Ruy Mesquita, publisher of the influential  daily O Estado de S.Paulo, died Tuesday at 88.  A grandson and son of journalists who helped shape the institutions of the Brazilian republic, from the 1950s Mesquita lived intensely by his country’s struggles to develop as a stable democracy and emerge in the global scene. “He was key in the resistance against the military regime,” said former President Fernando Henrique Cardoso, a friend, alluding  to the dictatorship installed in 1964 in Brazil with his newspaper initial support, in the height of the Cold War.

The break with the military came in 1967, after the rulers in Brasilia betrayed their promise to hold elections and pushed the country to a state of emergency to cover up violations of human rights and press freedom. A lawyer with deep liberal convictions, Ruy Mesquita and his older brother, Julio Mesquita Neto, led the fight against censorship, making sure readers would know when editorials and articles were cut by replacing them with verses of Lusíadas, the epic of Portuguese language. An anticommunist, like his father Julio Mesquita Filho, he did not hesitate to hire and protect journalists affiliated with the Communist Party and other leftist organizations. In 1978, Ruy Mesquita conducted a historic interview with union leader Luiz Inácio Lula da Silva which was instrumental in opening the dialogue between the future president and the conservative elites of São Paulo.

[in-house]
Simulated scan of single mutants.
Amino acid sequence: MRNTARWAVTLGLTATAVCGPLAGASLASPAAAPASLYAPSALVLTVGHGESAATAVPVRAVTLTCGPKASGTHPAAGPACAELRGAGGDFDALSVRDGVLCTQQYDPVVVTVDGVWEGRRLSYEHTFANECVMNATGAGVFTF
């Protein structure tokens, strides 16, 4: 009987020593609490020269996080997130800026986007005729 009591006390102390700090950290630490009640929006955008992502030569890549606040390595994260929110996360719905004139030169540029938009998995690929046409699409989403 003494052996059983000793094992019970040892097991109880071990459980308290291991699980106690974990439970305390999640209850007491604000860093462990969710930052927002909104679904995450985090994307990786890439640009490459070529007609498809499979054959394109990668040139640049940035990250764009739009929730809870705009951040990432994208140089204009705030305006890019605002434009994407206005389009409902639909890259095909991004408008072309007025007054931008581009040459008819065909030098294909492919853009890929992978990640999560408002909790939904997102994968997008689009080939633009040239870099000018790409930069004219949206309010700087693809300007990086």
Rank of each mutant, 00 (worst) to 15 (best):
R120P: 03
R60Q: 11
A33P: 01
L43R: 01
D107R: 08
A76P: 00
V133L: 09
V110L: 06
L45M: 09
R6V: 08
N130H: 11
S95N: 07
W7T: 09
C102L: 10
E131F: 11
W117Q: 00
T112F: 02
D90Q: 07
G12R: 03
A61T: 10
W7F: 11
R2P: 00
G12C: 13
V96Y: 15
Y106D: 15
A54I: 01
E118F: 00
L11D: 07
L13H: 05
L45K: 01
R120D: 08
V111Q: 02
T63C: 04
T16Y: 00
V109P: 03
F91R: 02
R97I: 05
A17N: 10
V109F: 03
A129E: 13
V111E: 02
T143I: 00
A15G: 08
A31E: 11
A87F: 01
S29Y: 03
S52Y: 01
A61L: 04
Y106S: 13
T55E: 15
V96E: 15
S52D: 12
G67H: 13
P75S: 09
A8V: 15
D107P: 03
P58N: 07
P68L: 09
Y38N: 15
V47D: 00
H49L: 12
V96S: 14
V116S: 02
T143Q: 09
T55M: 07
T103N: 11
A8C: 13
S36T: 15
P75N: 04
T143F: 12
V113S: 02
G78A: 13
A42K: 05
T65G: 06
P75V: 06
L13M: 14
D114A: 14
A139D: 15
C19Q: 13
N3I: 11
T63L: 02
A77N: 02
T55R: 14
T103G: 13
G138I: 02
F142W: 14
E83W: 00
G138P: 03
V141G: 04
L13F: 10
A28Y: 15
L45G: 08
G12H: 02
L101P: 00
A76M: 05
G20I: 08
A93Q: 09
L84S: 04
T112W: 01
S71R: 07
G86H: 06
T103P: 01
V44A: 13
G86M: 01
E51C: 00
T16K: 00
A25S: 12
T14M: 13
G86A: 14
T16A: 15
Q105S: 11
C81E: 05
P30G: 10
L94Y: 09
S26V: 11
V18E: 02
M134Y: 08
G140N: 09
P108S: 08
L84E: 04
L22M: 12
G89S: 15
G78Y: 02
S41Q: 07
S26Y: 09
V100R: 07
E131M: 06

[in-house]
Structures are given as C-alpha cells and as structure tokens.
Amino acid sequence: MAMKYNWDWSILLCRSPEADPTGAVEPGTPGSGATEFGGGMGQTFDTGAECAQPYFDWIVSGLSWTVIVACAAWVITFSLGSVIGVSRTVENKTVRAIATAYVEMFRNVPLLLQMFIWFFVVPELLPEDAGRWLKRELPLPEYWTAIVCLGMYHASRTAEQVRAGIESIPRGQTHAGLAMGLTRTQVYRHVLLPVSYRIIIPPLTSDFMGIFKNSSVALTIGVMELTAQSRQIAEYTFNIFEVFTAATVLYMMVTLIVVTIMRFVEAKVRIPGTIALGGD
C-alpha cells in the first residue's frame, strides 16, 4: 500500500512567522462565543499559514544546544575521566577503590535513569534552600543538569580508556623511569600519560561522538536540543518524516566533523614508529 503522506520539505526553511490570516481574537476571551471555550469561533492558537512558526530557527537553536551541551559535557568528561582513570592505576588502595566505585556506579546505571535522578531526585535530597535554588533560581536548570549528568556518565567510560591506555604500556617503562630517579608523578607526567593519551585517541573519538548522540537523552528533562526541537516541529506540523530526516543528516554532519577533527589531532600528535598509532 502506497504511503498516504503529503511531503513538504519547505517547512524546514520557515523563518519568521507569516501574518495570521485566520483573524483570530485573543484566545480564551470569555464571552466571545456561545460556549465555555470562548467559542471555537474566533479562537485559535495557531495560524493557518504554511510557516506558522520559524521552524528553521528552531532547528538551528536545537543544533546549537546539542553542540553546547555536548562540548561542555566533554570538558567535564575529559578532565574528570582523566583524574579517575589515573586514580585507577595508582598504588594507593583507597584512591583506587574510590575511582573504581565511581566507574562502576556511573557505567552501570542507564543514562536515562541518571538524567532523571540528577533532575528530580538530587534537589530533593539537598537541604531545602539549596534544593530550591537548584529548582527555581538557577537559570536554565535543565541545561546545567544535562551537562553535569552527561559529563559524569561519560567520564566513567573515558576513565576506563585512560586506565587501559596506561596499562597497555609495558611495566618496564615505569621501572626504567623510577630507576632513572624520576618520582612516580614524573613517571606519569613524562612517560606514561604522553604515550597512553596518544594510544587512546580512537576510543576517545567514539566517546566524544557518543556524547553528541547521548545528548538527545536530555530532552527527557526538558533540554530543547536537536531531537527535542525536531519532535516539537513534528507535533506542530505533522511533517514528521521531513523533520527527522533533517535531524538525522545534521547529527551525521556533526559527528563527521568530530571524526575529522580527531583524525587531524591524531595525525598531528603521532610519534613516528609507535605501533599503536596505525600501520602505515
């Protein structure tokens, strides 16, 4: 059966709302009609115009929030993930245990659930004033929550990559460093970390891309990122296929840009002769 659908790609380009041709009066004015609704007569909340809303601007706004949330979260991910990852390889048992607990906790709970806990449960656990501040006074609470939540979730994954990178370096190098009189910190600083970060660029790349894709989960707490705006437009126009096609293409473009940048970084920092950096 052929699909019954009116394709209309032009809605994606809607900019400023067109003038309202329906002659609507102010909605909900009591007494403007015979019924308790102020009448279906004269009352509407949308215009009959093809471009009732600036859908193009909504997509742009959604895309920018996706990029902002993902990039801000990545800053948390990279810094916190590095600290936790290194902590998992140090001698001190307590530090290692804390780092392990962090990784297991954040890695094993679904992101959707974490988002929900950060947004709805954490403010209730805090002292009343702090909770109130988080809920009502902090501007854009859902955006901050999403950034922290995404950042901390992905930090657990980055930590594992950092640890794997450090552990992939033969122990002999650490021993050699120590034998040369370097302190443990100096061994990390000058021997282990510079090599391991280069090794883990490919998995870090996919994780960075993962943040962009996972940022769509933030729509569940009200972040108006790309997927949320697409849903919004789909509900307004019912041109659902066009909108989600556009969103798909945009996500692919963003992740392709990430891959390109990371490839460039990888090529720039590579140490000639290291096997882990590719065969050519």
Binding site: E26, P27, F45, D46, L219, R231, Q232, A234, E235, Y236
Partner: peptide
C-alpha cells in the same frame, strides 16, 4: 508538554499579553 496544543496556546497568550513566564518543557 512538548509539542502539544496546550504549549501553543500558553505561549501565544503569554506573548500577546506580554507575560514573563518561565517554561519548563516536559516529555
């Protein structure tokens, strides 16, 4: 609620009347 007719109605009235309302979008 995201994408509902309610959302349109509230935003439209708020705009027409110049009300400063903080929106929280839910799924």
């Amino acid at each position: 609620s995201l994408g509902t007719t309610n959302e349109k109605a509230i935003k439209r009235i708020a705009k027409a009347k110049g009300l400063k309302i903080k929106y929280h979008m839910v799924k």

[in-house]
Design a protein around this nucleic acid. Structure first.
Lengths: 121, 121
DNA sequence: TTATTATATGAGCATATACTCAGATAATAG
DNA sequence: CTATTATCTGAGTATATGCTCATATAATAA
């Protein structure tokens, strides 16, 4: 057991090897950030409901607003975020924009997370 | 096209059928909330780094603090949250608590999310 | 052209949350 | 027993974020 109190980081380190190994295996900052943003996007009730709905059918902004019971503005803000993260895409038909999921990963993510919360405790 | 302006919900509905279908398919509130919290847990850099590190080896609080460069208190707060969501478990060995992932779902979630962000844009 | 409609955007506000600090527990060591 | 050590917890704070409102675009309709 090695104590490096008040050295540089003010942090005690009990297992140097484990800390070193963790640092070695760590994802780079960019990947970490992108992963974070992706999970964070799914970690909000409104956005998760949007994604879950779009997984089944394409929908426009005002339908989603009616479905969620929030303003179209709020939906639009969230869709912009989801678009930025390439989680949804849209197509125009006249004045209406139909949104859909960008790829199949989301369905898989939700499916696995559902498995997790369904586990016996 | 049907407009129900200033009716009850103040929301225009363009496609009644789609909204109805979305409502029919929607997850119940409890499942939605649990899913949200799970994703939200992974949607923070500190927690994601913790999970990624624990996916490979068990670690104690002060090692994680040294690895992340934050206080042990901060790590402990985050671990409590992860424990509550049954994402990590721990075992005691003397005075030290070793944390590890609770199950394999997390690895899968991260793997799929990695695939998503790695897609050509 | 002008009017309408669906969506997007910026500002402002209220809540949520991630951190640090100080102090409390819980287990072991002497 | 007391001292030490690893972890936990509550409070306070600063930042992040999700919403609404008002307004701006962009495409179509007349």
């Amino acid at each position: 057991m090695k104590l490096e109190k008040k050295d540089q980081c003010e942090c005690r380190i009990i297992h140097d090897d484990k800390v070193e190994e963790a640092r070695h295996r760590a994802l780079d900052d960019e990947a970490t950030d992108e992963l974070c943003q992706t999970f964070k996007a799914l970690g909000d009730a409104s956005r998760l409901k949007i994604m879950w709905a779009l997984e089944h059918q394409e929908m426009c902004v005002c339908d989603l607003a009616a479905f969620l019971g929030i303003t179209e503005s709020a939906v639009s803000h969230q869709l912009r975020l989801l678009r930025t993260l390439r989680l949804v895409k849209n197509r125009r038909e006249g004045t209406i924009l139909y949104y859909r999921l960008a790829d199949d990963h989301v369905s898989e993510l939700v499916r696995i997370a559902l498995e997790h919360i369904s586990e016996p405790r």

In June 2006 the Brazil Institute honored Ruy Mesquita with the first Woodrow Wilson Award for Public Service. He was the first recipient of the award in Brazil. He took the helm of O Estado in 1996 after the death of his brother Julio. A self-confessed workaholic who woke up at 4 A.M. to read newspapers and prepare for the day, he worked until the day before he was hospitalized in late April to undergo cancer surgery. Mesquita leaves his wife Laura and five sons. 


Photo courtesy of O Globo